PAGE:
Requiring people to wait for you to set up a database manually before they can start using your product sounds like a good way to lose customers. What we want instead is to be able to provision databases programmatically.

Adding elastic databases programatically

This is where the Azure SQL Management Library comes in. You can check out the source code in the Azure GitHub account.

We can use the management library to create and add databases to our elastic pool. In a real world scenario this would allow us to provision a new database on-demand when a new customer signs up and have it ready for them close to instantly.

So how do we go about doing that?

Getting access to Azure

The first thing we need to do is to figure out how to get permission to actually do things on our Azure account using the management library. This requires a bit of work though, which I have written about a few weeks ago.

If you want to continue, you should go and check out this post first Getting access to Azure programmatically using the Azure SDK Management Libraries. Go through the tutorial and return here when you get to the part about permissions.

Setting permissions

In the article above we only granted ourselves access to read information about the database server. Now we actually want to be able to add a new database. In order to achieve this we do as we did last time, assign a role to our application.

Let's spin up PowerShell and assign the SQL DB Contributor role our application. This allows us to create new databases.

First, make sure you have access to your Azure account.

Add-AzureAccount

Then, select the subscription you want to access and change the mode.

Select-AzureSubscription -SubscriptionId <subscription-id>
Switch-AzureMode -Name AzureResourceManager

Now, assign the role to your application. ObjectId in this case is the Id of your application, if you don't have it, try creating the new database before you assign the role. The error message you get contains the Id you need. When you have it, assign the role to it like so.

New-AzureRoleAssignment -ObjectId '<some-id>' -ResourceGroupName <resource-group-name> -RoleDefinitionName "SQL DB Contributor"

That's it, we are ready to add a new database!

Creating a database and adding it to our Elastic Pool

Let's refer once more to Getting access to Azure programmatically using the Azure SDK Management Libraries. This time we will alter the code a bit. Let's change the main loop.

static void Main(string[] args)
{
    var client = GetSqlManagementClient();

    // The Db we want to use as template
    var originalDb = client.Databases.Get(resourceGroup, "elastic-test", "TestDb1");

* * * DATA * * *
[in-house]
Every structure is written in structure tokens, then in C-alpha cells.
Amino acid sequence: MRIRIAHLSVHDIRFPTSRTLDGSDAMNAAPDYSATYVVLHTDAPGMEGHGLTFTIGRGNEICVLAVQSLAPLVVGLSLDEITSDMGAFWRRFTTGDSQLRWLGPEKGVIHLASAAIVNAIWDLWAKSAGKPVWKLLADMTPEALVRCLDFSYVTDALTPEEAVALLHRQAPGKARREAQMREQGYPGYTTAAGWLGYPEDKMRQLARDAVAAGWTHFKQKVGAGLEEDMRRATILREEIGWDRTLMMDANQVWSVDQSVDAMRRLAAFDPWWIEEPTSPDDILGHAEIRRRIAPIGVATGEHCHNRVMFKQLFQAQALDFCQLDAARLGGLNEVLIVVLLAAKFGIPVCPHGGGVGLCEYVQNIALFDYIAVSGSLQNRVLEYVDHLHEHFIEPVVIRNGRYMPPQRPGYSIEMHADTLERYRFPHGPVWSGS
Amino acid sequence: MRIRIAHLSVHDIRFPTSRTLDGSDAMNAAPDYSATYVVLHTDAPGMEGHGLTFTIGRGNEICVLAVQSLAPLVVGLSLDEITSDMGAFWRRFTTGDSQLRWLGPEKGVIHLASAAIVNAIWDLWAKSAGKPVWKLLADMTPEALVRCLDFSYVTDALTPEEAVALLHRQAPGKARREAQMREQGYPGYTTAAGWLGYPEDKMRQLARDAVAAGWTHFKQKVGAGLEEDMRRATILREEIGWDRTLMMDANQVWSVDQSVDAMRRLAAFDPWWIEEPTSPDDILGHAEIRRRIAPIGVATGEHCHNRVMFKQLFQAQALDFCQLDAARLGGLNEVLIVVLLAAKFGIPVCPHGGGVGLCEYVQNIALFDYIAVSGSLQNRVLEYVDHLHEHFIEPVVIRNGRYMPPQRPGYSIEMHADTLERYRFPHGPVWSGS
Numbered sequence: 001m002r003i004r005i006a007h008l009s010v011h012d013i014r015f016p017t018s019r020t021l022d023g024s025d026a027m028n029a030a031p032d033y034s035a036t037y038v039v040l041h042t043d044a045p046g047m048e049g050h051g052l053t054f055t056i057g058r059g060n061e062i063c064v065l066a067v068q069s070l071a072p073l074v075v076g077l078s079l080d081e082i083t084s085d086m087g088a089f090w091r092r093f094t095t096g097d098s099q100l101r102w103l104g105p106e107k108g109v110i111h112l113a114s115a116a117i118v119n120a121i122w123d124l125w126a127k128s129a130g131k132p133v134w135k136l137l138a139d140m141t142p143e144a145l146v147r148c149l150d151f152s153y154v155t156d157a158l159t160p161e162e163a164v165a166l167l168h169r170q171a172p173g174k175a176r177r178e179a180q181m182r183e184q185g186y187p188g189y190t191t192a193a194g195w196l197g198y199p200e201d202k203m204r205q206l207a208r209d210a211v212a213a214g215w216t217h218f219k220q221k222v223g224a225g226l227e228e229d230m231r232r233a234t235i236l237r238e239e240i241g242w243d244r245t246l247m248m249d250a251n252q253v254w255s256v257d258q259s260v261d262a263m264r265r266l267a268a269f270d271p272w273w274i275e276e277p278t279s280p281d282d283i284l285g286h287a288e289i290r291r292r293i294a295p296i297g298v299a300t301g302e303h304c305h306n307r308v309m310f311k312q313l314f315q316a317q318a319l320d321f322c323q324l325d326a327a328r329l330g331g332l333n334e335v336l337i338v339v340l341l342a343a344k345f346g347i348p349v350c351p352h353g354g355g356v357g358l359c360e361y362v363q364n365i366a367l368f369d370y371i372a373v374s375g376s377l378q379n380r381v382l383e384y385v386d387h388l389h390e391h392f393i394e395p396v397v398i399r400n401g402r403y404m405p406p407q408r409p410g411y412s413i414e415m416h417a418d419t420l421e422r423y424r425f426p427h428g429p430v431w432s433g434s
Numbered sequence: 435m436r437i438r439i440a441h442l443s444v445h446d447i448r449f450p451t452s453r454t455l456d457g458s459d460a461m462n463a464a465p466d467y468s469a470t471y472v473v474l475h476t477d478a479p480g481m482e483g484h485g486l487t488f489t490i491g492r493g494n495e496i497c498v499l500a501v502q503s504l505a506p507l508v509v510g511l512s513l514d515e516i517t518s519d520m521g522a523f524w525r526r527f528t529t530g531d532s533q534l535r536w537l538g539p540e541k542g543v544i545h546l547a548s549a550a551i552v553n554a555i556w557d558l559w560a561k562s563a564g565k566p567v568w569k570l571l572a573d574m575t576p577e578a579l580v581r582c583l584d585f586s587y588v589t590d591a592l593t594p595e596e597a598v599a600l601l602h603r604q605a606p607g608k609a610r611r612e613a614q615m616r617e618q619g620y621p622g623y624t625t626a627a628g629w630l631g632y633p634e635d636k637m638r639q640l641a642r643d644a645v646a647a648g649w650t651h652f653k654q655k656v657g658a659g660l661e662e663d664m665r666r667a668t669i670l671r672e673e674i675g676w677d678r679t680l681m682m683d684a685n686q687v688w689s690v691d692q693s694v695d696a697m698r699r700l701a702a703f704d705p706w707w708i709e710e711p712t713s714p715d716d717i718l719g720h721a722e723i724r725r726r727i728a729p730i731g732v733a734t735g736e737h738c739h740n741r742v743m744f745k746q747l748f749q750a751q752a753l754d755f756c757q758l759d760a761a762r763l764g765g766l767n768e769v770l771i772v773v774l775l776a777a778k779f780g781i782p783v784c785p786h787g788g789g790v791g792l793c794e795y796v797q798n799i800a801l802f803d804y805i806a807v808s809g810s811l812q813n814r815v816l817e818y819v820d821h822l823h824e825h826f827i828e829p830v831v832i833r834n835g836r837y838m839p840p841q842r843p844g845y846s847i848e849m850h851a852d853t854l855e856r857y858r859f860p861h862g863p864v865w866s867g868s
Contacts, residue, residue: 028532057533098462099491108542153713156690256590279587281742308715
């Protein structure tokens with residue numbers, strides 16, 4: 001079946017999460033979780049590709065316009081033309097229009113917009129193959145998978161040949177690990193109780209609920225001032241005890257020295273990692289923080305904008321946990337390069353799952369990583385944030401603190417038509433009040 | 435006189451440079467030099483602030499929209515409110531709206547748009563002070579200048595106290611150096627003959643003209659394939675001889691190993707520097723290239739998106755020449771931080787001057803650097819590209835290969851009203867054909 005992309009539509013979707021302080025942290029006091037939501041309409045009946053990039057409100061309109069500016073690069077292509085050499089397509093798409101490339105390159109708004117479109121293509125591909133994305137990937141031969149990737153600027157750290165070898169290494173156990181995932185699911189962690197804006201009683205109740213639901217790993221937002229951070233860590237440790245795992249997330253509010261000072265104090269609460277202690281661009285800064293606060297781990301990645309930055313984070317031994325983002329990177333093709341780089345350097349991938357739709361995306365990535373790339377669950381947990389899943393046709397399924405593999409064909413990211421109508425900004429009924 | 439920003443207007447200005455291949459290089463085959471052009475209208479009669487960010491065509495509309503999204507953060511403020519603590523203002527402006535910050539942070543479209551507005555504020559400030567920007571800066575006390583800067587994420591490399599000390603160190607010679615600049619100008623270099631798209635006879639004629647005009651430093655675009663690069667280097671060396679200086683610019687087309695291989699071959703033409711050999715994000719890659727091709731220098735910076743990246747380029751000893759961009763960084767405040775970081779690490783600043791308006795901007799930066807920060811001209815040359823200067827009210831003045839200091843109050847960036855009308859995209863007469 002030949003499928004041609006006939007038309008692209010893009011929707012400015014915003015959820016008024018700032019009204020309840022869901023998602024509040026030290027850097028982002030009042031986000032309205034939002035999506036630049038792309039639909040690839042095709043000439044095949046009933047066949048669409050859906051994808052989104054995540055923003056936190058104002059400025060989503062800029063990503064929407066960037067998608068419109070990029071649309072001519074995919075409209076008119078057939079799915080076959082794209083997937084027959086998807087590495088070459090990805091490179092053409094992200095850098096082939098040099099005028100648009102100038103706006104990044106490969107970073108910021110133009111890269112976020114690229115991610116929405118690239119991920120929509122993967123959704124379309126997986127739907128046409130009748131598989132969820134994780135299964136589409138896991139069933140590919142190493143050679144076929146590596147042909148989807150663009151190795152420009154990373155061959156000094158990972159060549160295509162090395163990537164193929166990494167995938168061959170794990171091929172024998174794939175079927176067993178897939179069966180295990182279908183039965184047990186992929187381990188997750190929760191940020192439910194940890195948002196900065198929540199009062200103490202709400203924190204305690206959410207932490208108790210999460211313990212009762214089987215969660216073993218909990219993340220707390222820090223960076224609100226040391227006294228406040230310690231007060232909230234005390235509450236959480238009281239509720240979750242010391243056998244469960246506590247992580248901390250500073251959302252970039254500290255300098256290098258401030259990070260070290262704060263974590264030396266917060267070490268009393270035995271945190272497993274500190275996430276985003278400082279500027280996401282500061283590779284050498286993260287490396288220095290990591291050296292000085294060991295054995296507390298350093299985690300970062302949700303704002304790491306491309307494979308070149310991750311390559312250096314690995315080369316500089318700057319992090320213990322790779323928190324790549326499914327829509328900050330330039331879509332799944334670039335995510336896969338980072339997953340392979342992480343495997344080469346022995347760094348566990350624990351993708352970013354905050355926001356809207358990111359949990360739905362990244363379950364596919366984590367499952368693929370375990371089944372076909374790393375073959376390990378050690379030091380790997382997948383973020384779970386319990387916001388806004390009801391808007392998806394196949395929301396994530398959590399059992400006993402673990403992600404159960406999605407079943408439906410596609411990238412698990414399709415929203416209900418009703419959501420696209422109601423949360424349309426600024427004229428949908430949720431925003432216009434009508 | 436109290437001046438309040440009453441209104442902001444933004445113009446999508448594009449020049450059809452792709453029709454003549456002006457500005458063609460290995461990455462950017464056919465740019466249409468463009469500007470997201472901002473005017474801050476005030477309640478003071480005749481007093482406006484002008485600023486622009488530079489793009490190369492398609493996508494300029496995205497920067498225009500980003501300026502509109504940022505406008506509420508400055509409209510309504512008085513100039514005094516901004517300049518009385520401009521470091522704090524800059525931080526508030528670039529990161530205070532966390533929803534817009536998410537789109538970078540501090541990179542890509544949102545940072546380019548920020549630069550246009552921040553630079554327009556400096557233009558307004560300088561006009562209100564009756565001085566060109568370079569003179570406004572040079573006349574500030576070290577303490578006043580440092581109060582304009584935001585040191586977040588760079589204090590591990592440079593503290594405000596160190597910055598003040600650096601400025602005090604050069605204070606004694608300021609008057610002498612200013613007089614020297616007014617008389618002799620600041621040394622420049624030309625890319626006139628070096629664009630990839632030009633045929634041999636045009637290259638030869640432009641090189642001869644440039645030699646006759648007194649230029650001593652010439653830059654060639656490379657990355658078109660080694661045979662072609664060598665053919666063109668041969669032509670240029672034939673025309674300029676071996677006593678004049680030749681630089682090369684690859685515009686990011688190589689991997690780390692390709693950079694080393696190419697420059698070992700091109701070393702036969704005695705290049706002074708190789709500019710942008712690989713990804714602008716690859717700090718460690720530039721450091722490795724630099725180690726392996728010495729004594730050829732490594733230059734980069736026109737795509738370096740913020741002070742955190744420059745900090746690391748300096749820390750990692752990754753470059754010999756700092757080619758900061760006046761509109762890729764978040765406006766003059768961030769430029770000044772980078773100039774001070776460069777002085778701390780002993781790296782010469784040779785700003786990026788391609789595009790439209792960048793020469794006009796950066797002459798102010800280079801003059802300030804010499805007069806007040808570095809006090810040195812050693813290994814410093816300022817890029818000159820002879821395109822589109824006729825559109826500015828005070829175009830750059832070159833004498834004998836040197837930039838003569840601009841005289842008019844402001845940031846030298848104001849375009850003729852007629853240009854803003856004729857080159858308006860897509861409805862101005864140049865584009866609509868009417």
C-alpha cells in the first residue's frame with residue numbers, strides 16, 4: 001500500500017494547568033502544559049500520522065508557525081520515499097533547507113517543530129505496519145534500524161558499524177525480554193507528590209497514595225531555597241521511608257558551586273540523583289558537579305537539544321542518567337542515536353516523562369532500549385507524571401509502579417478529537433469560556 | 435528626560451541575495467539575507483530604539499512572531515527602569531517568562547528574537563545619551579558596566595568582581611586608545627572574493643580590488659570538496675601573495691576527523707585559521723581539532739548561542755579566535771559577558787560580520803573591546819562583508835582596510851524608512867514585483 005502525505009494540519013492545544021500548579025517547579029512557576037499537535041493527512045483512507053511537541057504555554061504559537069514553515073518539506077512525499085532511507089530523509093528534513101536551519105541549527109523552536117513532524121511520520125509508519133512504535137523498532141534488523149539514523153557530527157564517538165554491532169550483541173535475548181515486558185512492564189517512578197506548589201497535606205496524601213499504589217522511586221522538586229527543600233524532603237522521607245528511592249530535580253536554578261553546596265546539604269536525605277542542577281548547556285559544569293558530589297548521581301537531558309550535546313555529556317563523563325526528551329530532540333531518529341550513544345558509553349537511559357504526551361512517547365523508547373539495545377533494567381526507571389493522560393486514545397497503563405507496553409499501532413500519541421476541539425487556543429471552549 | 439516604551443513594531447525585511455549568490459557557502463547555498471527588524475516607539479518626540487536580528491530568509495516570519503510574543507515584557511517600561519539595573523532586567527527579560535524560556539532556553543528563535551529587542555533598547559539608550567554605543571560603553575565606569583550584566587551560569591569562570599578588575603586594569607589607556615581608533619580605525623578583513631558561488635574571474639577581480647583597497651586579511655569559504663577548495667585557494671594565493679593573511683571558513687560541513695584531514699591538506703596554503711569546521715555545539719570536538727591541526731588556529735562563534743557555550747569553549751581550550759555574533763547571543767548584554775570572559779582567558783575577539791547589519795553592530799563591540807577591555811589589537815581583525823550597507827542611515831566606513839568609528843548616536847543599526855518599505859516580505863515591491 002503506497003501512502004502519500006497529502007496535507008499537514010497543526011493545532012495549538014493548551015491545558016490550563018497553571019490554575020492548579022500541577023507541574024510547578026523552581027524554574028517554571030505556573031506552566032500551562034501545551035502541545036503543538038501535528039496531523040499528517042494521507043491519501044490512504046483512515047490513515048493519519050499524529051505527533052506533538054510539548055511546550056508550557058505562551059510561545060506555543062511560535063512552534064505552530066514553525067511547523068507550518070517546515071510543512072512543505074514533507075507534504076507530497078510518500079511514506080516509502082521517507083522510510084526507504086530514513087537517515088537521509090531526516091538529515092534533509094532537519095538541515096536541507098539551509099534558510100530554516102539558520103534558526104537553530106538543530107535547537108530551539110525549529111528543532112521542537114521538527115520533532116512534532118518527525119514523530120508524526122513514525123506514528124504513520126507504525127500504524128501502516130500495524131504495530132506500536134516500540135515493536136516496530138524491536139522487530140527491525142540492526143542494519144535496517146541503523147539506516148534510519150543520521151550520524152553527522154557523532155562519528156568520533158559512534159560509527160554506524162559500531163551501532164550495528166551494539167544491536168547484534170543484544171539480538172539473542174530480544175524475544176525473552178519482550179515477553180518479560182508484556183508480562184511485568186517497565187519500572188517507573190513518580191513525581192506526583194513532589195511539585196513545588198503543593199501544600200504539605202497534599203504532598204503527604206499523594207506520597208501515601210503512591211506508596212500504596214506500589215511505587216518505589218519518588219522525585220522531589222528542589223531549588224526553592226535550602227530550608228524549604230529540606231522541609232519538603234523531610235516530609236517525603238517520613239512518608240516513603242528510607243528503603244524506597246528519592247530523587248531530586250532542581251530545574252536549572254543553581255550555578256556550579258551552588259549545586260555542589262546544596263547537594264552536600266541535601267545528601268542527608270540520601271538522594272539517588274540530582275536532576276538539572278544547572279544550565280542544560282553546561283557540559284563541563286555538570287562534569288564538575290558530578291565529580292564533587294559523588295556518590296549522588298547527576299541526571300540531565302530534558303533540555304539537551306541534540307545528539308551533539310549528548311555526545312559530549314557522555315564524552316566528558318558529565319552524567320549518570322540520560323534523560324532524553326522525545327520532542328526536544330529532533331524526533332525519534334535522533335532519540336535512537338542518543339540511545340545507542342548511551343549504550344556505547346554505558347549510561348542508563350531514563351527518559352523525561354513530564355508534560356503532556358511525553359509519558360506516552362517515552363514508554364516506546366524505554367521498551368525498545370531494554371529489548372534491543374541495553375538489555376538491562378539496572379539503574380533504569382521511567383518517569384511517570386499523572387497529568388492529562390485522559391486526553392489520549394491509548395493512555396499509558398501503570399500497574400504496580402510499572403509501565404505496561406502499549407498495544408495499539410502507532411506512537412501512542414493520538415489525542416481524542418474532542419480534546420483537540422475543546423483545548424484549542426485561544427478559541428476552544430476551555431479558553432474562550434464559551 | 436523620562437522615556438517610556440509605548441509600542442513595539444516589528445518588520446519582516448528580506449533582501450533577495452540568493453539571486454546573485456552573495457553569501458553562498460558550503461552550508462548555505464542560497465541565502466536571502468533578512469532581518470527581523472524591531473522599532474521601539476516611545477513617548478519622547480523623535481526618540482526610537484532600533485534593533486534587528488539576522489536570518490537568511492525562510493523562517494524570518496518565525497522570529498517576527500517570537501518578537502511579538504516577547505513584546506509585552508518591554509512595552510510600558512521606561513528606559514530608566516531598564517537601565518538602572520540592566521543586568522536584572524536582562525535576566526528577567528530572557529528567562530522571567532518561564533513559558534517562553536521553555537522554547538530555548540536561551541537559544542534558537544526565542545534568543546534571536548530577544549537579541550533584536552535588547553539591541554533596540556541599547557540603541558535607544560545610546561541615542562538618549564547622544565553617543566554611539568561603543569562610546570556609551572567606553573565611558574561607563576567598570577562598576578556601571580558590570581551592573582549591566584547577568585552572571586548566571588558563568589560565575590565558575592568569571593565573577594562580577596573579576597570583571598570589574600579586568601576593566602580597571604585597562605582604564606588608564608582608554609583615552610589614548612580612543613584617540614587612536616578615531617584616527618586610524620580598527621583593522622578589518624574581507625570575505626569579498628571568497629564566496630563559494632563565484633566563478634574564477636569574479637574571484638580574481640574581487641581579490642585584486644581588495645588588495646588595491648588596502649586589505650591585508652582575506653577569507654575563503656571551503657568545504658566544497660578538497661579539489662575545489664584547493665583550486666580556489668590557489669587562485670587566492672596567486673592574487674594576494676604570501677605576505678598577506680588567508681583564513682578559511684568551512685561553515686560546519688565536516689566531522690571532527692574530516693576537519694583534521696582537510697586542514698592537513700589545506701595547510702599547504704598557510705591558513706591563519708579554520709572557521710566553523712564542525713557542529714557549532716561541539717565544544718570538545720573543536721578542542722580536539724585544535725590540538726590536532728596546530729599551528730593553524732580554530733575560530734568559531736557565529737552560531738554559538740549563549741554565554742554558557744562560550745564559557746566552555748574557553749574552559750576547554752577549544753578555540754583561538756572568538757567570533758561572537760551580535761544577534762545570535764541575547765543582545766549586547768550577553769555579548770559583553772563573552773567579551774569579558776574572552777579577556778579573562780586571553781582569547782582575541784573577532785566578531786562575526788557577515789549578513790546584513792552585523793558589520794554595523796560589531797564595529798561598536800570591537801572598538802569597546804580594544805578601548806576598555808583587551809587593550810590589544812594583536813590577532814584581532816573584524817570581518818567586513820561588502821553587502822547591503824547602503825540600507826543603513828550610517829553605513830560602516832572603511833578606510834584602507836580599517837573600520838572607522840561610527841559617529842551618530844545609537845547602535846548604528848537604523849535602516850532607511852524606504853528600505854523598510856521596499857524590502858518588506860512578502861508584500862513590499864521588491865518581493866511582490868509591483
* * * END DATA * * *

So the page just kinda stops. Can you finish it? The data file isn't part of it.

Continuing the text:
// Create a new database within the same elastic pool
    var parameters = new DatabaseCreateOrUpdateParameters()
    {
        Location = "East US 2",
        Properties = new DatabaseCreateOrUpdateProperties()
        {
            ElasticPoolName = "ElasticPoolTest",
            SourceDatabaseId = originalDb.Database.Id
        }
    };
    var response = client.Databases.CreateOrUpdate(
      resourceGroup, 
      "elastic-test", 
      "TestDb2", 
      parameters
    );
    Console.WriteLine(response.Status);

    Console.ReadLine();
}

Let's go over what happens here.

First we get a management client, and use it to fetch information about a database already in the pool called "TestDb1". I added that database to the pool when I created it.

Then we set up the parameters for creating a new database. Here we specify the location of the database and the name of the Elastic Pool we want to add it to(!). We also specify that we want to use another database as a template through the SourceDatabaseId.

Lastly we use the client to run a CreateOrUpdate-command. It completes in less than a minute, and creates a new database in our pool. Here is what it looks like after the program has run.

Creating Azure Elastic databases programmatically

For this example I have used a completely empty database, so provision time is likely to be different for real world scenarios. Anyway, that's a database created and added to our Elastic Database pool, in only a few lines of code.

Summary

That's it for now. We've discussed what Elastic Databases are, and why they are useful. We have also looked at how we can configure them programmatically, so they make sense in scenarios were fast provisioning of SaaS applications is key.